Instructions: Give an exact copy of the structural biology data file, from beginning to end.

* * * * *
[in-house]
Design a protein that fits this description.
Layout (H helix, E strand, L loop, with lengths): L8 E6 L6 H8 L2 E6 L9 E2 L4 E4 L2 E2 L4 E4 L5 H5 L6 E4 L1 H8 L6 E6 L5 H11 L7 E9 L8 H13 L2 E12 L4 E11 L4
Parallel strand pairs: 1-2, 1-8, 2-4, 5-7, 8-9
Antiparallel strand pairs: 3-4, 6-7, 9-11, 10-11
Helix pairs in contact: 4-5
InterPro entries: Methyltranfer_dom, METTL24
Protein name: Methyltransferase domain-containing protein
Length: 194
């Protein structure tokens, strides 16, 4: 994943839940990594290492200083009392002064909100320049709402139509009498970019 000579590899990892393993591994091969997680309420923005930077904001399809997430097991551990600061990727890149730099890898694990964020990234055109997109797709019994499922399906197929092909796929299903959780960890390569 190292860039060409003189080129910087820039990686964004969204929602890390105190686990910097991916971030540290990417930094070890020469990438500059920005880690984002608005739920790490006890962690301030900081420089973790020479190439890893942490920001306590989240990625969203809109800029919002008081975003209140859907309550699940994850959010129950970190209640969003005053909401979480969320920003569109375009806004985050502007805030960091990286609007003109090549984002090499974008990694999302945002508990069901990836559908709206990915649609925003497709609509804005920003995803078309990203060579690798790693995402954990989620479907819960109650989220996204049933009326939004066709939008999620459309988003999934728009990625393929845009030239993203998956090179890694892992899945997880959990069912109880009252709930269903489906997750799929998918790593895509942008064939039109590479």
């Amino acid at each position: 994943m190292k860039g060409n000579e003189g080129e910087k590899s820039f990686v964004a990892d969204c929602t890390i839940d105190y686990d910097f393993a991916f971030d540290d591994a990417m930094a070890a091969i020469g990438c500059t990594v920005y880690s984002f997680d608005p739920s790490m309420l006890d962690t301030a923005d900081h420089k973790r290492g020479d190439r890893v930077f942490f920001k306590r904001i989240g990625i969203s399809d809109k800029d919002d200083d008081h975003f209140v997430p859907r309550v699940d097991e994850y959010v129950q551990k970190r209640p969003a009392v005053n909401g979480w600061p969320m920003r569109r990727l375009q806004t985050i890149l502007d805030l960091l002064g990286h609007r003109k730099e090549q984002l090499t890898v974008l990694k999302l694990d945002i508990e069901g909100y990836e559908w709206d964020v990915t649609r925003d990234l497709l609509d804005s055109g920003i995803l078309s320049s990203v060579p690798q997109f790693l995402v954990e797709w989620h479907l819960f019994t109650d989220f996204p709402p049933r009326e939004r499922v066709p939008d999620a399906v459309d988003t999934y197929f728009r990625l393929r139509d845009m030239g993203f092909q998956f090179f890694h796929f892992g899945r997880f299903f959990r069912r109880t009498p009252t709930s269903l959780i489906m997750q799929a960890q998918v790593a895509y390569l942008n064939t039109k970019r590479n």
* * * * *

[in-house]
Design a protein that fits this description.
Layout (H helix, E strand, L loop, with lengths): L8 E6 L6 H8 L2 E6 L9 E2 L4 E4 L2 E2 L4 E4 L5 H5 L6 E4 L1 H8 L6 E6 L5 H11 L7 E9 L8 H13 L2 E12 L4 E11 L4
Parallel strand pairs: 1-2, 1-8, 2-4, 5-7, 8-9
Antiparallel strand pairs: 3-4, 6-7, 9-11, 10-11
Helix pairs in contact: 4-5
InterPro entries: Methyltranfer_dom, METTL24
Protein name: Methyltransferase domain-containing protein
Length: 194
């Protein structure tokens, strides 16, 4: 994943839940990594290492200083009392002064909100320049709402139509009498970019 000579590899990892393993591994091969997680309420923005930077904001399809997430097991551990600061990727890149730099890898694990964020990234055109997109797709019994499922399906197929092909796929299903959780960890390569 190292860039060409003189080129910087820039990686964004969204929602890390105190686990910097991916971030540290990417930094070890020469990438500059920005880690984002608005739920790490006890962690301030900081420089973790020479190439890893942490920001306590989240990625969203809109800029919002008081975003209140859907309550699940994850959010129950970190209640969003005053909401979480969320920003569109375009806004985050502007805030960091990286609007003109090549984002090499974008990694999302945002508990069901990836559908709206990915649609925003497709609509804005920003995803078309990203060579690798790693995402954990989620479907819960109650989220996204049933009326939004066709939008999620459309988003999934728009990625393929845009030239993203998956090179890694892992899945997880959990069912109880009252709930269903489906997750799929998918790593895509942008064939039109590479």
């Amino acid at each position: 994943m190292k860039g060409n000579e003189g080129e910087k590899s820039f990686v964004a990892d969204c929602t890390i839940d105190y686990d910097f393993a991916f971030d540290d591994a990417m930094a070890a091969i020469g990438c500059t990594v920005y880690s984002f997680d608005p739920s790490m309420l006890d962690t301030a923005d900081h420089k973790r290492g020479d190439r890893v930077f942490f920001k306590r904001i989240g990625i969203s399809d809109k800029d919002d200083d008081h975003f209140v997430p859907r309550v699940d097991e994850y959010v129950q551990k970190r209640p969003a009392v005053n909401g979480w600061p969320m920003r569109r990727l375009q806004t985050i890149l502007d805030l960091l002064g990286h609007r003109k730099e090549q984002l090499t890898v974008l990694k999302l694990d945002i508990e069901g909100y990836e559908w709206d964020v990915t649609r925003d990234l497709l609509d804005s055109g920003i995803l078309s320049s990203v060579p690798q997109f790693l995402v954990e797709w989620h479907l819960f019994t109650d989220f996204p709402p049933r009326e939004r499922v066709p939008d999620a399906v459309d988003t999934y197929f728009r990625l393929r139509d845009m030239g993203f092909q998956f090179f890694h796929f892992g899945r997880f299903f959990r069912r109880t009498p009252t709930s269903l959780i489906m997750q799929a960890q998918v790593a895509y390569l942008n064939t039109k970019r590479n």